When Colgate-Palmolive (NYSE:CL) reported earnings in October, management said the consumer products giant would continue to feel the impacts of global economic weakness, and that the relative strength of the U.S. dollar would also weigh on earnings in the short term. However, management also discussed some long-term initiatives and trends, with three key topics coming up repeatedly on the earnings call.
Based on that call, here are the three things management clearly wants you to know.
1. Investments in efficiency will pay off soon
The company's "Global Growth and Efficiency" program has been expanded, and will now cost upward of $1 billion when completed in late 2016. However, management also expects to achieve a three- to four-year payback on this investment. CEO Ian Cook had this to say on the matter:
As a result of the expansion, cumulative after-tax charges related to the 2012 restructuring program, once all phases are approved and implemented, are now estimated to increase by $175 million, to $950 million to $1,050 million. After-tax charges for 2014 are now expected to increase by $25 million, to approximately $225 million to $255 million. Savings are also projected to increase by $65 million, to $340 million to $390 million after tax annually by the fourth year of the program. The expected savings continue to represent a three to four year cash payback, on average, with a targeted after-tax rate of return of 30%. Implementation of the 2012 restructuring program is still expected to be substantially completed by Dec. 31, 2016.
In short, the $1 billion investments should deliver almost $400 million in annual savings going forward.
1. Market shares are strong and growing
This is one of Colgate-Palmolive's strengths. The company's products are often No. 1 in market share, or near the top. From Delia Thompson, senior vice president of investor relations:
Our overall U.S. toothpaste share is now 35.8% for the past four weeks, up one full point versus the year-ago period. This 35.8% share is also ahead of our year-to-date share of 35%. ... Our overall mouthwash share in the U.S. is now at 6.5% year to date, up 120 basis points.
[The Europe/South Pacific] region delivered solid results. ... Organic sales have increased every quarter this year and this despite ongoing macroeconomic pressures. Our oral care market shares are strong. In toothpaste, our regional share is at 35.3% year to date, up almost a full point from the year-ago period, with the most recent reading at 35.4%. The results were broad-based, with increases in virtually every hub. Our regional manual toothbrush shares are up a full point year to date to 23.5%, with the most recent reading at 23.8%. Mouthwash is at 17.9% year to date, up from 17.8% in the year-ago period."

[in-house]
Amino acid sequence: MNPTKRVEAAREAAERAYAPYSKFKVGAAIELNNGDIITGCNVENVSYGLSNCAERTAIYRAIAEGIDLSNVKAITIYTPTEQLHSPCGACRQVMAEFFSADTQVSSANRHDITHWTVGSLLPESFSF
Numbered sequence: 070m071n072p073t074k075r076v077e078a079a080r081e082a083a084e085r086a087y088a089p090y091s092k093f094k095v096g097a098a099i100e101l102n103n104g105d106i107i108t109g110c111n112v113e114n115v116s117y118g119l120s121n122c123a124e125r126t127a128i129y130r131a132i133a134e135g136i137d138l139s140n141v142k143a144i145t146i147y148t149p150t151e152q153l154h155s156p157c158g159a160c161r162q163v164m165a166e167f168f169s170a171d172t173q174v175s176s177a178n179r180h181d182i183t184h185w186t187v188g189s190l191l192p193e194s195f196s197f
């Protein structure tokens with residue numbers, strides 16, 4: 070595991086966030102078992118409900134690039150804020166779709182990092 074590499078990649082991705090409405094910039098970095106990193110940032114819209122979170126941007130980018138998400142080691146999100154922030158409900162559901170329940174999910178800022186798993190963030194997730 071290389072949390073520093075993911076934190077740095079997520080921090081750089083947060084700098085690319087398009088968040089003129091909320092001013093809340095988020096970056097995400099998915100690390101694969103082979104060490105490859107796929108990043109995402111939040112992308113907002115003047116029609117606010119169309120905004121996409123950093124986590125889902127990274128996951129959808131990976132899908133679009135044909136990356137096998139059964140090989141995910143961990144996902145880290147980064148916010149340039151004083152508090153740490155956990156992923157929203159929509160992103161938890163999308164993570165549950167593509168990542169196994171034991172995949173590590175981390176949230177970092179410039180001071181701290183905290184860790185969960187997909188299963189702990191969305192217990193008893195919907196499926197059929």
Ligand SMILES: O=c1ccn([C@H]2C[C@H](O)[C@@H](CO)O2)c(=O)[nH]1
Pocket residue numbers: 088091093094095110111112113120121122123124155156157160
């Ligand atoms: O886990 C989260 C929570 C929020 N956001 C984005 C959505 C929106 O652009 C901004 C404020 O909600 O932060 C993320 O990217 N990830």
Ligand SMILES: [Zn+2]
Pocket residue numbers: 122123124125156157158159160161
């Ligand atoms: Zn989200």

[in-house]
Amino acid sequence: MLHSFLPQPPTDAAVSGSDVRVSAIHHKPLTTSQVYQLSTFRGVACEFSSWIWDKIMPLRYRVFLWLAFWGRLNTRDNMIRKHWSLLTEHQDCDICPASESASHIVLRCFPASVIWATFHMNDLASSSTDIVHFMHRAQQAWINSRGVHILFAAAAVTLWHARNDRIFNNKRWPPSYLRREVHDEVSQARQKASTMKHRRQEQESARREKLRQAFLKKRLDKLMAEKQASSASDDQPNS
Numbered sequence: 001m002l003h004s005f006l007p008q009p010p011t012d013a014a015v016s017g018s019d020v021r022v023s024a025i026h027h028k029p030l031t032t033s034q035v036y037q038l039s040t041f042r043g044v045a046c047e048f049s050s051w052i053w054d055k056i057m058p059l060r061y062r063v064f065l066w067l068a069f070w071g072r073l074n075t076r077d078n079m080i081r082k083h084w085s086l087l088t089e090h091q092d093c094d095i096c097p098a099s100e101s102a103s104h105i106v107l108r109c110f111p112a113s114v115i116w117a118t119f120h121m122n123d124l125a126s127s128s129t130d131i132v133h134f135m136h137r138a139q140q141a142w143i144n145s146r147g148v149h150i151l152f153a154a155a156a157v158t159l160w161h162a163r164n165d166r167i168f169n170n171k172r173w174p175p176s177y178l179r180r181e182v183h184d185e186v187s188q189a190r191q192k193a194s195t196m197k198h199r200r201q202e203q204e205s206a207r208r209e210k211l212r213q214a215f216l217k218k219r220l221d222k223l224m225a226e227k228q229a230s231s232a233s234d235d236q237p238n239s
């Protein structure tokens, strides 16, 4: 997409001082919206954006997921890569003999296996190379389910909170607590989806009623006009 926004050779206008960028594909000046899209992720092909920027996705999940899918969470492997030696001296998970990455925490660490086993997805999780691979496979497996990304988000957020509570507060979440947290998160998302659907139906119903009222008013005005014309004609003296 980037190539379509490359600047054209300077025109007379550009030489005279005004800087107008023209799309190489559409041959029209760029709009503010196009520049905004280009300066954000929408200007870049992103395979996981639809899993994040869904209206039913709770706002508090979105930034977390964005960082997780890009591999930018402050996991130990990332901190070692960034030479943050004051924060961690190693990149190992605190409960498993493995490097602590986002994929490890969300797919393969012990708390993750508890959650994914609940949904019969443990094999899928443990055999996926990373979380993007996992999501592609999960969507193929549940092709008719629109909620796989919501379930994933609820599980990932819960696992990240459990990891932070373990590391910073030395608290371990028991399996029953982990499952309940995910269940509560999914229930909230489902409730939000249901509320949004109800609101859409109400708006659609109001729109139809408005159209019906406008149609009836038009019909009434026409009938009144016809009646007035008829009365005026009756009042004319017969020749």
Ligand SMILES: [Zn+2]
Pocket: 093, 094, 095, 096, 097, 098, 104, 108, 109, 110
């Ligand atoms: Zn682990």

These are just two examples. The market share trend continues in the very important Latin American market, even in the face of economic uncertainty in many countries there.
3. Working through weakness in China with new products
China, one of the world's largest consumer goods markets, has been a weak spot for Colgate-Palmolive this year. Much of the weakness is tied to large inventory levels at retailers, but management has projected that would work itself out soon. As Thompson put it:
As noted earlier, we've experienced slowing category growth in inventory correction in China, which has affected overall growth despite a very strong performance in other markets. However, this situation appears to be improving, as we said it would on our last call. ... Looking forward, we have more innovation to come. One interesting new product planned for launch in China in the fourth quarter is Colgate 360° Gold Charcoal toothbrush. As you know, some consumers are very interested in charcoal as an ingredient, but a new trend, which has also emerged with the Chinese consumer is gold.
As inventory levels normalize, the company is also making an effort to develop products that appeal to each market. While a gold-bristled toothbrush might not have mass appeal in the U.S., it could be a big seller in China. Only time will tell how this plays out, but the company's success with a similar strategy in other markets bodes well.
While these aren't the only things the company wants you to know, these are three matters investors should pay close attention to. Reducing costs by almost $400 million is significant -- and worth more than 25% of the company's annual dividend expense. Continuing to innovate to maintain and even grow market share is also important for the company, and focusing on this in China is absolutely critical to the Colgate-Palmolive's long-term prospects.
While Colgate-Palmolive is a solid company, the stock looks a little expensive today, with a trailing price-to-earnings ratio above 30 and a forward P/E above 23. The company's business prospects are sound, but that's quite a premium to pay for a company with many short-term macro headwinds. I think it's worth keeping the stock on your watchlist, but there are at least a few better values to be had right now.